The U.S. Air Force conducted its third and final captive-carry flight test of the Lockheed Martin [LMT] AGM-183A Air-launched Rapid Response Weapon (ARRW) under the wing of a B-52H bomber off the southern California coast on Aug. 8 in preparation for the first planned booster flight test of ARRW later this year, according to an announcement by Edwards AFB, Calif.
The flight demonstrated the transmission of telemetry and GPS data from the AGM-183A Instrumented Measurement Vehicle-2 (IMV-2) to Point Mugu Sea Range ground stations and “verified system integration with the B-52 launch platform and telemetry while practicing concepts of operations that will be utilized during its first booster test flight later this year,” the Air Force said.
ARRW began with the Defense Advanced Research Projects Agency’s Tactical Boost Glide demonstration system, which is to be integrated into the ARRW payload, per the service.
Air Force Brig. Gen. Heath Collins, the service’s Program Executive Officer for Weapons, called the flight test a milestone and said that “ARRW is the first step in bringing game-changing hypersonic capabilities to our warfighters.”
The ARRW boost-glide standoff weapon, which is to travel at speeds greater than Mach 5, is to be available in the early 2020s and to give combatant commanders the ability to destroy high-value, heavily defended, time-sensitive targets.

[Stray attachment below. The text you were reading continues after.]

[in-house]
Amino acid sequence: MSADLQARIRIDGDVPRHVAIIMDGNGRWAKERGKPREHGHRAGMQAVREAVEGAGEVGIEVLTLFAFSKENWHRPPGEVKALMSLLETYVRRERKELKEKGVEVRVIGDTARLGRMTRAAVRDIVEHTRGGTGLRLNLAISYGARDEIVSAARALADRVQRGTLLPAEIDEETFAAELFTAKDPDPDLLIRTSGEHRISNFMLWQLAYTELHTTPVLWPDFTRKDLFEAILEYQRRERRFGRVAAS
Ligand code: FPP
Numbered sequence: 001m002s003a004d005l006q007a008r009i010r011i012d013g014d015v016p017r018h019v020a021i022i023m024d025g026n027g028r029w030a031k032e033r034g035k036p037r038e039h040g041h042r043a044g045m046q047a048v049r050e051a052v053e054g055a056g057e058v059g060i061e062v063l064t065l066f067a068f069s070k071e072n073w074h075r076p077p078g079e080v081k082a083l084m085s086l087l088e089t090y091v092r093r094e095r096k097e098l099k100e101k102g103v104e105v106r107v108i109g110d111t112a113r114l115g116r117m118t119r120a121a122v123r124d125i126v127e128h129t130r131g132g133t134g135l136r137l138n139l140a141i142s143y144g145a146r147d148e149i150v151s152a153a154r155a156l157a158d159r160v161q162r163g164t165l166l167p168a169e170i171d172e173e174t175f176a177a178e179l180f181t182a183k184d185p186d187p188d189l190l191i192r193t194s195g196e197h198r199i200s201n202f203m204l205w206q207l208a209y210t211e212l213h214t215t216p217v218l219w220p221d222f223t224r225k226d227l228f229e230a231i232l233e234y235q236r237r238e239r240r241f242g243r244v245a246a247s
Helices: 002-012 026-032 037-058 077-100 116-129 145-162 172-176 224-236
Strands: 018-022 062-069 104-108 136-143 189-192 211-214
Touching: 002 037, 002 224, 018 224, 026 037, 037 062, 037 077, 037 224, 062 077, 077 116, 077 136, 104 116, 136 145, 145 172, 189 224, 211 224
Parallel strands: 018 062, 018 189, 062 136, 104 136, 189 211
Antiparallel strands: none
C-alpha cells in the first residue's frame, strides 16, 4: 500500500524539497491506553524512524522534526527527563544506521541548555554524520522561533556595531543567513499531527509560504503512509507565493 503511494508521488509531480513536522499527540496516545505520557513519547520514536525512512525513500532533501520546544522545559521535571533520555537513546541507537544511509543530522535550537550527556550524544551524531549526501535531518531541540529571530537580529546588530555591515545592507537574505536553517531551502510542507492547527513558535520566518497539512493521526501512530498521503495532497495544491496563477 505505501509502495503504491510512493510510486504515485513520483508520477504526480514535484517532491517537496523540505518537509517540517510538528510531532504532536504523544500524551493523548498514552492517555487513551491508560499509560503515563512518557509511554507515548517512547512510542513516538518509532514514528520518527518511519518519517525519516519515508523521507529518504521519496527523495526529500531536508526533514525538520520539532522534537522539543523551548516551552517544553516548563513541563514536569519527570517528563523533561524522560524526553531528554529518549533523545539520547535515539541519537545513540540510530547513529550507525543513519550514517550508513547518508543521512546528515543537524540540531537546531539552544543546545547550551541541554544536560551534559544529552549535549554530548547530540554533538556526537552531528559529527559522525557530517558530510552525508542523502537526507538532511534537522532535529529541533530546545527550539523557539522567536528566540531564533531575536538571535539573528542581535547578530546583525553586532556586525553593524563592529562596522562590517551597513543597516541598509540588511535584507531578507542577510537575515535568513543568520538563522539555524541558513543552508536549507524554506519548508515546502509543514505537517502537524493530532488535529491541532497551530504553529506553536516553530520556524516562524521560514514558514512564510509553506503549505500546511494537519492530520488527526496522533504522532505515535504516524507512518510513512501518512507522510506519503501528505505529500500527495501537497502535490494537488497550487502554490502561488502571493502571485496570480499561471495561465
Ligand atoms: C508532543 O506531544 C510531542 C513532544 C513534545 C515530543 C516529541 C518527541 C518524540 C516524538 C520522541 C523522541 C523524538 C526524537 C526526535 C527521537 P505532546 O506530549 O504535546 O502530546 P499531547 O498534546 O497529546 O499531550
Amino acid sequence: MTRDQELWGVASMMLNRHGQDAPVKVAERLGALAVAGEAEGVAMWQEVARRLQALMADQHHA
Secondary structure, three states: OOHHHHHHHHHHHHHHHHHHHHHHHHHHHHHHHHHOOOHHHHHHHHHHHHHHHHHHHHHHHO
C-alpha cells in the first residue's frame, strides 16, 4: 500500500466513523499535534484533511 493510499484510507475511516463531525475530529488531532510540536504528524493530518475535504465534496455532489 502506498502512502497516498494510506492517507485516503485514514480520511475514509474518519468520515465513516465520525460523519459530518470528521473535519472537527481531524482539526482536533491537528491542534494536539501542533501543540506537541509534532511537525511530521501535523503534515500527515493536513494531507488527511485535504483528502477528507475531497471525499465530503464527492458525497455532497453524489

In February, the Air Force said that fiscal 2021 budget strictures caused it to discontinue its Hypersonic Conventional Strike Weapon (HCSW) effort with Lockheed Martin to focus on ARRW (Defense Daily, Feb. 10). The Air Force and Lockheed Martin have said that ARRW completed a Critical Design Review (CDR) earlier this year. In a recent phone interview, John Varley, Lockheed Martin’s vice president of Hypersonic and Strike Systems, said that “the Air Force, Lockheed Martin and our suppliers are on the same page, really dedicated to bringing this capability online and on time” and that, despite COVID-19, “we are on track” to perform “subsystem and system qualification and demonstration testing this year.”
The Air Force is pursuing a “high low mix”–ARRW for long-range missions and an air breathing hypersonic cruise missile for short and medium range missions.
On Aug. 5, the Air Force said that it determined that only Boeing‘s [BA] Phantom Works, Lockheed Martin and Raytheon [RTX] have the necessary qualifications for the air breathing effort for existing fighters and bombers, as the three “are the only firms that possess the necessary capability within the Air Force’s time frame without causing an unacceptable delay in meeting the needs of the warfighter.”
Contract awards are expected in the first quarter of fiscal 2021. Other vendors may receive contracts as well but must respond with their qualifications by Aug. 20.
In April, the Air Force released a solicitation (Defense Daily, April 29) for the airbreathing hypersonic cruise missile, which must feature sustained hypersonic propulsion with ramjet, scramjet, or dual-mode. The Preliminary Design Review is expected in the fourth quarter of fiscal 2021.
Air Force Materiel Commander Gen. Arnold Bunch said recently that the Air Force has prioritized hypersonic research and development to continue at Arnold AFB, Tenn., Holloman AFB, N.M., Eglin AFB, Fla., and Edwards AFB, Calif. despite COVID-19 restrictions (Defense Daily, July 1).